During the coronation of a new Pope, it is traditional for a monk to hold up a burning piece of flax.  After it burns, the monk says, “Pater sancte, sic transit gloria mundi,” which is translated as “Holy Father, thus passes the glory of the world.”  Catholics are supposed to remember that despite the power of the Pope, he is still a mortal man.

This is how we get the expression — “Fame is fleeting.”

Bookfraud was down on himself last week because so many novelists publish their first novel before they are 30:  Jonathan Safran Foer, Zadie Smith and Gary Shteyngart.   And he felt that the deadline had passed.

I can relate.  We all want to be acknowledged for our work.  It would especially cool to be famous.

But let’s think about this “fame” business a bit.  Is writing a book really going to give us what we want?

Jonathan Safran Foer?  Gary Shteyngart?  Seriously, I bet you that 95% of the American public think these are the names of the two main characters on “Two and a Half Men.”

What is fame anyway?.  American Idol has millions of viewers, but how many of the contestants will be remembered?  How many CDs have you bought that were released by any of the former contestants?  Quick — who won the runner up in season two?

From 1915-1922, the biggest female box office star in Hollywood was Mary Pickford.  From 1923-1926, it was Norma Talmadge.  Other than Danny from Jew Eat Yet?, do any of you know anything about these hugely popular actresses — the superstars of their day?

The #1 Blog on Technorati is Techcrunch.  Enough said.  No one will remember Techcrunch in 100 years.

In Junior High, I was forced to memorize this poem.  At the time, I was too young to understand it.  But now —

OZYMANDIAS by Percy Shelley

I met a traveller from an antique land
Who said: Two vast and trunkless legs of stone
Stand in the desert. Near them on the sand,
Half sunk, a shatter’d visage lies, whose frown
And wrinkled lip and sneer of cold command
Tell that its sculptor well those passions read
Which yet survive, stamp’d on these lifeless things,
The hand that mock’d them and the heart that fed.
And on the pedestal these words appear:
“My name is Ozymandias, king of kings:
Look on my works, ye Mighty, and despair!”
Nothing beside remains: round the decay
Of that colossal wreck, boundless and bare,
The lone and level sands stretch far away.

Every single writer, politician, movie star, and celebrity will eventually be forgotten. 

But all is not hopeless.  There is one celebrity from today who will be remembered forever — Arnold Palmer.


Yes, Arnold Palmer, was once the greatest golf player of the day.  But like, Mary Pickford, a person can only be at the top of the game for so long.  Eventually a Tiger Woods comes along, and everyone starts to ask, “Arnold who?”

Arnold Palmer, however, was a marketing genius.  He instinctively knew the lesson of Ozymandias.   By creating a drink — the Arnold Palmer — half lemonade/half ice tea — he did what no other celebrity could do — made sure that his name would be famous forever.  Just today, I was eating lunch in Beverly Hills, when I saw a beautiful women calling her waiter over to order an “Arnold Palmer,” her lips smacking in anticipation.   Can you imagine what it must be like to have women all around the world wanting you like that?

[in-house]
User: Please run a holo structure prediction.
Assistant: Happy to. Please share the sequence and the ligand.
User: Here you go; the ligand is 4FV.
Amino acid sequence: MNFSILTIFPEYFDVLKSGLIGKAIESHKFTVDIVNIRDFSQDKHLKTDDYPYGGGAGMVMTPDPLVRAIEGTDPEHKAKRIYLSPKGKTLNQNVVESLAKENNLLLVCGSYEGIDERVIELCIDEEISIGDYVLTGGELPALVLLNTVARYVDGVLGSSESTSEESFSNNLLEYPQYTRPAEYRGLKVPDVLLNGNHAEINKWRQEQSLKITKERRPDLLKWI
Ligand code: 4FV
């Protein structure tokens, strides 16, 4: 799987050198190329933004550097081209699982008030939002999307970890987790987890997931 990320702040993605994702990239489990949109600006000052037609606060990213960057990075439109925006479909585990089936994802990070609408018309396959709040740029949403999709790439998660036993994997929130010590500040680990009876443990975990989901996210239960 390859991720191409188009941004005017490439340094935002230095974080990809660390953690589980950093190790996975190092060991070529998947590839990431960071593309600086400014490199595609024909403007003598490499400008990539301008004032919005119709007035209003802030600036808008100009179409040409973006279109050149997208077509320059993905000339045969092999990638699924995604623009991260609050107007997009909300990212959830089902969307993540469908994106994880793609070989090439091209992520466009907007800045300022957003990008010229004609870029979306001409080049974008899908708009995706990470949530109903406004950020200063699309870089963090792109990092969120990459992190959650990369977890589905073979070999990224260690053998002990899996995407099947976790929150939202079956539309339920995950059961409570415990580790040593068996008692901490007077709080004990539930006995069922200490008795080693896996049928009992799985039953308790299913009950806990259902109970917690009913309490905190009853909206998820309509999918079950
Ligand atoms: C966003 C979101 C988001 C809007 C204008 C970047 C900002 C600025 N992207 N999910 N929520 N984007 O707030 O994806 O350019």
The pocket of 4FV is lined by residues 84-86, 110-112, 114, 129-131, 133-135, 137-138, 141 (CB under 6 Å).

Arnold Palmer is the only media consultant who deserves to speak about “branding” at web conferences.  Arnold Palmer — the ultimate brand.  There’s even a drink named after him.

I was once misguided enough to think that this blog would give me fame and glory.   Every day, people would wake up, rub their eyes, turn on their computers , and come to Citizen of the Month, ready to be astounded.   I had this illusion that even if  flying robots from Mars were destroying the United States outside, my loyal readers would not flee for their lives until they finished writing a witty comment on my latest post. 

But is this loyalty a constant? 

Already, I’m noticing newer and more exciting blogs catching your eye, your attention spans dulled by years of MTV, video games, and prescription drugs. 

Luckily, I have a plan for when this blog loses its buzz.  The Neilochka —  1/3 Pomegranate Juice, 1/3 Cranberry Juice, and 1/3 Seltzer.

Please, start ordering it NOW at your favorite watering hole.  Remember to order it by NAME.  “I’ll have a Neilochka.”

This is the only way it will catch on, insuring that my name will live in glory forever.

The Year, 2246

Bar, Moon of Saturn Outpost #23A

Beautiful Female Cyborg:  I’ll have a Neilochka, straight up!

Bartender:  Excellent choice.  Coming up!

Beautiful Female Cyborg:  I’ve been wanting a Neilochka all day.  I’ve always wondered why this delicious drink is called a Neilochka.

Bartender:  At Harvard Bartending School, they taught us that Neilochka created this drink.  He was a famous blogger about 200 years ago. 

Beautiful Female Cyborg:  He must have been an amazing person.  No one could create this wonderful drink without having been super talented.  If I lived back then, I would have definitely f**ked him.  What else do you know about him?

Bartender:  Supposedly he was very famous.  Very popular.  Did this thing called blogging.

Beautiful Female Cyborg:  Blogging?  What the hell is that?

Bartender:  I have no idea.  But, he’s certainly remembered for this drink!  I better stop talking and get back to work before I’m dooced.